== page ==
HARRISBURG, Pa. (WHTM) — Once on the brink of bankruptcy, Harrisburg Mayor Eric Papenfuse says the city is well prepared to handle the current economic impact of COVID-19.
“We resolved to build up a strong cash reserve and we have million of dollars in reserve now that we didn’t have at that time,” Papenfuse said. “We are also current with all of our bills and invoices.”
He says big revenue is collected at the beginning of the year, including discounted pre-payment of property taxes. Even so, the city has had to make tough decisions including furloughing 11 employees and entering a hiring freeze.
“When the crisis started we had a pretty large fund balance and we have reserves that we can draw upon,” Papenfuse said. “And we’re not as concerned about making it through this year, but the impact as we move forward is very uncertain.”
One substantial loss of funding comes from the city getting regular payment from the parking system. It receives $100,000 or more a month. However, nothing is coming in until the health emergency is over because the city isn’t enforcing parking.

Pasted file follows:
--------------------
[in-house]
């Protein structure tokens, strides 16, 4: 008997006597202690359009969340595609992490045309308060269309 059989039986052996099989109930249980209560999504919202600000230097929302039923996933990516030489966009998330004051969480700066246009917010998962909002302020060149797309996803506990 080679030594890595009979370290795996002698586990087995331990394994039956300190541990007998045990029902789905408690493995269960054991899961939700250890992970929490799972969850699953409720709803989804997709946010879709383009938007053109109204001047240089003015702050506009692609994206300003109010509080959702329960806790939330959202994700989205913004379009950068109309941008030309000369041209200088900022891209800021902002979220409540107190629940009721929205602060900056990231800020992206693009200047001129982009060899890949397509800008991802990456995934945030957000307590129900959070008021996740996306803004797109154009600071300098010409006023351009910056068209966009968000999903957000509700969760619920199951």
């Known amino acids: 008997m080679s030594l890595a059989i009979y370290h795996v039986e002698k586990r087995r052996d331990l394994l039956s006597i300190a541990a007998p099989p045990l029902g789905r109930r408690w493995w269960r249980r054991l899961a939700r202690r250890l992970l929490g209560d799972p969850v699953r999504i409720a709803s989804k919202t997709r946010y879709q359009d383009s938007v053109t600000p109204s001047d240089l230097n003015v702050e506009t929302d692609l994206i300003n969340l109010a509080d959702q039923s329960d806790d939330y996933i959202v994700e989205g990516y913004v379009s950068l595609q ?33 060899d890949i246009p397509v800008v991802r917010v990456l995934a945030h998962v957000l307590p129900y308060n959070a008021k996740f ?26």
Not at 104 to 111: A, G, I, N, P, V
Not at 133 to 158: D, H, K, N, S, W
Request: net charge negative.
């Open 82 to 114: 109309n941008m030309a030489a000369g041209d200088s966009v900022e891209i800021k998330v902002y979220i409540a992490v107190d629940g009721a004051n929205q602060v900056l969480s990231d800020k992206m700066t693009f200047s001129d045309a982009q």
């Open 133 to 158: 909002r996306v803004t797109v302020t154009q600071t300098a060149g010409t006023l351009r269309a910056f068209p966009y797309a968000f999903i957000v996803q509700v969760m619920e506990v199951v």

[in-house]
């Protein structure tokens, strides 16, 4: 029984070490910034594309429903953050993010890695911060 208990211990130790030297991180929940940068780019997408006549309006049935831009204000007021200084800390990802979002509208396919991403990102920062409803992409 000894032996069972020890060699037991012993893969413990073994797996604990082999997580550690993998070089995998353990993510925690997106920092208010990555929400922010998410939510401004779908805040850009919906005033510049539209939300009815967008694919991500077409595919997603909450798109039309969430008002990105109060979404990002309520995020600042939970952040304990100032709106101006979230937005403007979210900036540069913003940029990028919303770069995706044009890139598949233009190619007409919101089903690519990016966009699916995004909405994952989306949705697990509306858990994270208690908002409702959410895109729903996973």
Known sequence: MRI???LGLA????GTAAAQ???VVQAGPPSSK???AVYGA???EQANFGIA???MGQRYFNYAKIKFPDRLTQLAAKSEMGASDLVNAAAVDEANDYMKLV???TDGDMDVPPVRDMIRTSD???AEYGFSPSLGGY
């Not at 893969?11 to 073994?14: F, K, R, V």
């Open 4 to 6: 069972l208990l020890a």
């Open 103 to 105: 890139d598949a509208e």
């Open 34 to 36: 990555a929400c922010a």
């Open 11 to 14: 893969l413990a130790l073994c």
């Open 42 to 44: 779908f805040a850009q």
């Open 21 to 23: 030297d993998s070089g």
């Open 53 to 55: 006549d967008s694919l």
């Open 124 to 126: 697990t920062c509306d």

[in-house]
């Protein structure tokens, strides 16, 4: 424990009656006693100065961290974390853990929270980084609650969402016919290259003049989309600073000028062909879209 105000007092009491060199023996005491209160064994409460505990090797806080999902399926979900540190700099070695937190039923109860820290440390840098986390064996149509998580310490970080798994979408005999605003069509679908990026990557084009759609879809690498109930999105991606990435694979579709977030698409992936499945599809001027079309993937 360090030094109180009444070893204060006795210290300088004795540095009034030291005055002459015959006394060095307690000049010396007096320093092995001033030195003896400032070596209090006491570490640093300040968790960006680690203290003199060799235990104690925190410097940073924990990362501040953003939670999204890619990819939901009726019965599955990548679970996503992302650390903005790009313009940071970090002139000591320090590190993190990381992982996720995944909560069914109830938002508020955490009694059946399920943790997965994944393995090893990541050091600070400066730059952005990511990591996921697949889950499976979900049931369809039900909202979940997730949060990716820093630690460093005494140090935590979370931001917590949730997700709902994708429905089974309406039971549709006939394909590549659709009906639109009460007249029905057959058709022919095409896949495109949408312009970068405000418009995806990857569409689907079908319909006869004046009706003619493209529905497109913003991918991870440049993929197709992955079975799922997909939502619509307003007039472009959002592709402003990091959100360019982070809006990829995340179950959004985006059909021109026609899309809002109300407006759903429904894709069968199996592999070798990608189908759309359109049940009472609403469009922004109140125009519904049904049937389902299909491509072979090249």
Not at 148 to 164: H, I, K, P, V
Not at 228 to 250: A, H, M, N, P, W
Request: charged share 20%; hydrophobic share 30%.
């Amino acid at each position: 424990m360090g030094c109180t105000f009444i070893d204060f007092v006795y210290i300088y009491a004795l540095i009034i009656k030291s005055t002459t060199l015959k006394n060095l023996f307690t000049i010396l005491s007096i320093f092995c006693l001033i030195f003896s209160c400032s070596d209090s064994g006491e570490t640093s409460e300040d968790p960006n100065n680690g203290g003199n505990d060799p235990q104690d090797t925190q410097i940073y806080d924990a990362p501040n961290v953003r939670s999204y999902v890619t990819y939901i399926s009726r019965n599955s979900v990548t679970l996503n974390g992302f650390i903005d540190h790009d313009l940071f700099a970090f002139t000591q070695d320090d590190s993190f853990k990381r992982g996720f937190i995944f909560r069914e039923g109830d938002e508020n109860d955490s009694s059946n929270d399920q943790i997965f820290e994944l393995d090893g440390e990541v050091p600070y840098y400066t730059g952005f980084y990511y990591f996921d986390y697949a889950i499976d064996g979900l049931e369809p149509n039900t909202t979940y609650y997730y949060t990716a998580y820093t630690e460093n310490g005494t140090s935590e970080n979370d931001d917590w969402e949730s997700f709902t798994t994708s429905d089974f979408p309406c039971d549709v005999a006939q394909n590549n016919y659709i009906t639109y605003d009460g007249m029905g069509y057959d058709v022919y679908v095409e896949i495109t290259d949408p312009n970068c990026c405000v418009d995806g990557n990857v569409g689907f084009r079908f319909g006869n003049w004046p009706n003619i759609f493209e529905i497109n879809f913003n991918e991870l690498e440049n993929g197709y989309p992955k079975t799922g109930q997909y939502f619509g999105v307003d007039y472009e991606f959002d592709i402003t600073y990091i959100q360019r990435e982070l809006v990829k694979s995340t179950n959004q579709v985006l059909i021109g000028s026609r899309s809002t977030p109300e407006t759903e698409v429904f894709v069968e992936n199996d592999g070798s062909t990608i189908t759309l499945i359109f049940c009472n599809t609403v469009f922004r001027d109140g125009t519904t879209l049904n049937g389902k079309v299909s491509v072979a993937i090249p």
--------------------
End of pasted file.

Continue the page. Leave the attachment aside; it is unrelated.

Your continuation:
Looking past the current landscape, the city has established a grant program to help small businesses.
“We believe small businesses are the backbone of the city’s economy and we don’t want them to go under before we can get back to work,” Papenfuse said.
The city is using $1 million from a defunct fund from years ago meant for economic development.
“We’ve taken some resources and said you can apply this to rent to keep going, you can apply it to utilities to keep going, you can apply it for payroll if you need that to keep going,” Papenfuse said.
Papenfuse estimates there are 1,700 to 1,800 small businesses in the city and says they’ve already received 400 applications
There is a limit of $10,000 for each grant. If you’d like to apply for one, click here.